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Bush’s Washington Moves to Off-Off Broadway on Middle East Peace

Yesterday could not have presented a more stunning portrayal of the self-marginalization of America as an actor in Israeli-Arab conflict resolution under the Bush Administration.

On the Israeli-Palestinian front the President was hosting PLO Chair Mahmoud Abbas at the White House while the real action was taking place in Cairo where the Egyptians and Hamas leadership were announcing a new ceasefire proposal for Gaza.  There is little doubt as to which event was more relevant to future stability and creating a security environment conducive to it. In the international, and certainly Israeli press, the Cairo development took center-stage while the Abbas-Bush hug-in was very much a side-show. 

The more head-lining grabbing event in Washington yesterday was the testimony to the Senate and House intelligence committees and media briefs by US intelligence officials regarding the Israeli strike on a Syrian facility in September ‘07 and North Korean involvement in that facility.  

The US decided to give that briefing despite Israeli objections, in particular from the Israeli security establishment as reported in today’s Haaretz:

Defense Minister Ehud Barak opposed the release of any new details on the attack or the nuclear ties between Damascus and Pyongyang, arguing that this would only push the Syrians into a corner and would escalate tensions.

Of course those briefings are the prerogative of the administration, and Congress had the right to demand such disclosures.  But the subtext to this story is another, perhaps more remarkable, example of the Bush Administration being an obstacle to, rather than promoter of, Arab-Israeli peace.  

Yesterday’s intelligence briefing happened due to unrelenting neocon pressure from Congress led by Representatives Ileana Ros-Lehtinen and Peter Hoekstra, from elements within the administration and in particular from recently retired officials, with John Bolton riding herd. 

Their apparent aim was a two-fer:  undermine the North Korea six party talks and undermine any prospect of renewed Israeli-Syrian peace talks—mirroring the agenda of the Israeli right wing opposition (old buddies of the neocons).  On this score there was little to worry about—the Bush administration is now seen in both Jerusalem and Damascus as the main obstacle to a resumption of peace negotiations.  To get Israel and Syria to agree on this is quite an achievement.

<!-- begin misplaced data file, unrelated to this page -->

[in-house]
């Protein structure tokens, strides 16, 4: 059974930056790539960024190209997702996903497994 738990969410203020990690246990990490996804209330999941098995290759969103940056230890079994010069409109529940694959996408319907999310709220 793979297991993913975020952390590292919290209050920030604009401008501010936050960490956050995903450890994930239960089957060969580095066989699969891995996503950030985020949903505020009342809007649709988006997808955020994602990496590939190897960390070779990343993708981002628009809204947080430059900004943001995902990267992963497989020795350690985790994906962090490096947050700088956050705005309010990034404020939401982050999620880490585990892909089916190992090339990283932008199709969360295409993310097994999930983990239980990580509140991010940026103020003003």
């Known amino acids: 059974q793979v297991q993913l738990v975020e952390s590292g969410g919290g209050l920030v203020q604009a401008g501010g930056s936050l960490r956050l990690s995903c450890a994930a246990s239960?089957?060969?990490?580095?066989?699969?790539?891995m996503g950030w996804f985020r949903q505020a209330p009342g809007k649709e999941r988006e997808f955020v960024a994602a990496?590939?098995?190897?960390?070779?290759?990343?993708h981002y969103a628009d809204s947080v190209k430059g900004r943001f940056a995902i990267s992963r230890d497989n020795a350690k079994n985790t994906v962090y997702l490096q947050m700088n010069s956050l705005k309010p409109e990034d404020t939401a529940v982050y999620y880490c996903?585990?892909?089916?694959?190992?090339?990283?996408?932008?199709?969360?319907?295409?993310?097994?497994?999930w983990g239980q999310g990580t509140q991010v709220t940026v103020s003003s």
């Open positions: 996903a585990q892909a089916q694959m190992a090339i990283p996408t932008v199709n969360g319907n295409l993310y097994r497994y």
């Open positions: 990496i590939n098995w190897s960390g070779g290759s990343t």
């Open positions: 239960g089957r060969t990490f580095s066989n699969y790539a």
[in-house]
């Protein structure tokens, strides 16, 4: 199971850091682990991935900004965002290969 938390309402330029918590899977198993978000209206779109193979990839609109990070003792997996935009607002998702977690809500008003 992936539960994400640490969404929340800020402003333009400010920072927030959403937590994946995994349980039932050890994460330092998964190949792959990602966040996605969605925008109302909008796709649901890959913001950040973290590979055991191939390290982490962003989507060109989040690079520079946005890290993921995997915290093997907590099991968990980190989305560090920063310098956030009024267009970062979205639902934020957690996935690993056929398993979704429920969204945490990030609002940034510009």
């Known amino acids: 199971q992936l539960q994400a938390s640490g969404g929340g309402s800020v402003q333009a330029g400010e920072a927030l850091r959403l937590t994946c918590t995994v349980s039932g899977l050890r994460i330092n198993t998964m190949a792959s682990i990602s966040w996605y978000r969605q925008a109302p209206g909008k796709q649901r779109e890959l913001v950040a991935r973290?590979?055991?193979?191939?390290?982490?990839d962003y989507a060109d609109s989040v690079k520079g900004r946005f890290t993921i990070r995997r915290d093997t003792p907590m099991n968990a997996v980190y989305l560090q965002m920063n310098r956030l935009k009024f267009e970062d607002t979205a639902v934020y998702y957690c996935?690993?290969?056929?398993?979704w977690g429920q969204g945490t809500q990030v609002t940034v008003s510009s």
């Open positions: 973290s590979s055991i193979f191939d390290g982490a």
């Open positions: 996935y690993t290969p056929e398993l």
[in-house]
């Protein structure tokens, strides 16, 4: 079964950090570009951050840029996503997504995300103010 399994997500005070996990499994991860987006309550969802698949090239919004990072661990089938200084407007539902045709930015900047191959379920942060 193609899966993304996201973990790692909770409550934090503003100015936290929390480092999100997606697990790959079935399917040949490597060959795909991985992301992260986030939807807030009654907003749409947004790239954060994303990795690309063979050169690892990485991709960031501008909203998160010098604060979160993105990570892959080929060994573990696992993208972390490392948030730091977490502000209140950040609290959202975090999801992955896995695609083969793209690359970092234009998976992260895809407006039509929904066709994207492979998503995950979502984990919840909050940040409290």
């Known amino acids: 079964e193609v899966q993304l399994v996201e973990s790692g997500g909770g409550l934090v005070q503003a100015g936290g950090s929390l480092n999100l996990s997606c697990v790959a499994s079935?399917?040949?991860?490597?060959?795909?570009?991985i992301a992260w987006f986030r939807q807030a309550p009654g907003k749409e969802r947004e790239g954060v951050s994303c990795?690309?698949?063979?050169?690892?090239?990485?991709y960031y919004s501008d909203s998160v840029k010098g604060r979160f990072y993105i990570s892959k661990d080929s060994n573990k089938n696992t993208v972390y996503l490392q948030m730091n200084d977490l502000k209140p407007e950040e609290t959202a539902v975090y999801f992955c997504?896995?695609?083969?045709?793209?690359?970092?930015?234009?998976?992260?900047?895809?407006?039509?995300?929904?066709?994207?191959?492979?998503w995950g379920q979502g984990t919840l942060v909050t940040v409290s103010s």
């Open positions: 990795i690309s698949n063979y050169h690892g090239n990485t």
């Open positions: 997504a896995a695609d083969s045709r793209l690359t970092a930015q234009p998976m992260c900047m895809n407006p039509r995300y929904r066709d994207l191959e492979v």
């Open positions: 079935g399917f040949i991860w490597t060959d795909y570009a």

Here is what President Assad said in an interview to Qatari daily al-Watan, published Thursday:

“[Turkish PM Recep Tayyip Erdogan had] ‘relayed to me Israel’s readiness to withdraw from the Golan Heights in return for peace with Syria [. . .]direct negotiations need a sponsor and, unfortunately, this sponsor can only be the U.S. This is the reality of the situation. But the current administration has no vision and no will to support a peace process [. . .] perhaps with a future administration in the U.S., we would be able to speak of direct negotiations. 

Israeli Prime Minister Olmert would of course not directly criticize President Bush—but here is what Israel’s top political commentators, well-briefed by the PM’s office, are saying:

[. . .] it is almost certain that the negotiations will not be renewed in the near future—at least not until the next tenant takes up residence in the White House in January 2009 and sponsors an initiative to revitalize the negotiations with American patronage and financial support. (Shimon Shiffer, Yedioth Ahronoth,4/24/08)

Is there or is there not a channel of negotiations with Syria?  Olmert merely hints at who, at this stage, is preventing such a dialogue.  His name is George W. Bush.  When will it be possible for Israel to talk to Syria?  When Bush leaves the White House [. . .] when Washington gives the green light (Ben Caspit, Ma’ariv, 4/18/08)

Almost all the Israeli security establishment supports rapprochement with Syria—the Defense Minister, Chief of Staff, Head of Intelligence, etc. 

In fact, yesterday was a rather telling day from several angles. Representative Gary Ackerman chaired a House FRC Middle East hearing: “U.S. Policy and the Road to Damascus: Who's Converting Whom?”

Martin Indyk—director of the Saban Center for Middle East Policy at Brookings and former US Ambassador to Israel—was one of those providing testimony.  Said Indyk:

As I understand it, the Bush Administration is unwilling to encourage Israeli-Syrian peace negotiations [. . .] this puts the U.S. in the unprecedented and invidious position of opposing an opportunity for Arab-Israeli peacemaking even when our ally Israel is keen to pursue it.

Of course, now in year seven, the Bush administration has launched one peace effort – the Israeli-Palestinian Annapolis process.  But that has all the appearances of a sham – no delivery on the ground to speak of, exclusion of key actors (such as Hamas), and nothing serious being done to create the conditions to implement anything even if a paper is agreed on.

Will Bush’s successor be a promoter of or an obstacle to Arab-Israeli conflict resolution and peace-making, and, just as important, will that successor act in year one or wait for year seven?


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Daniel Levy


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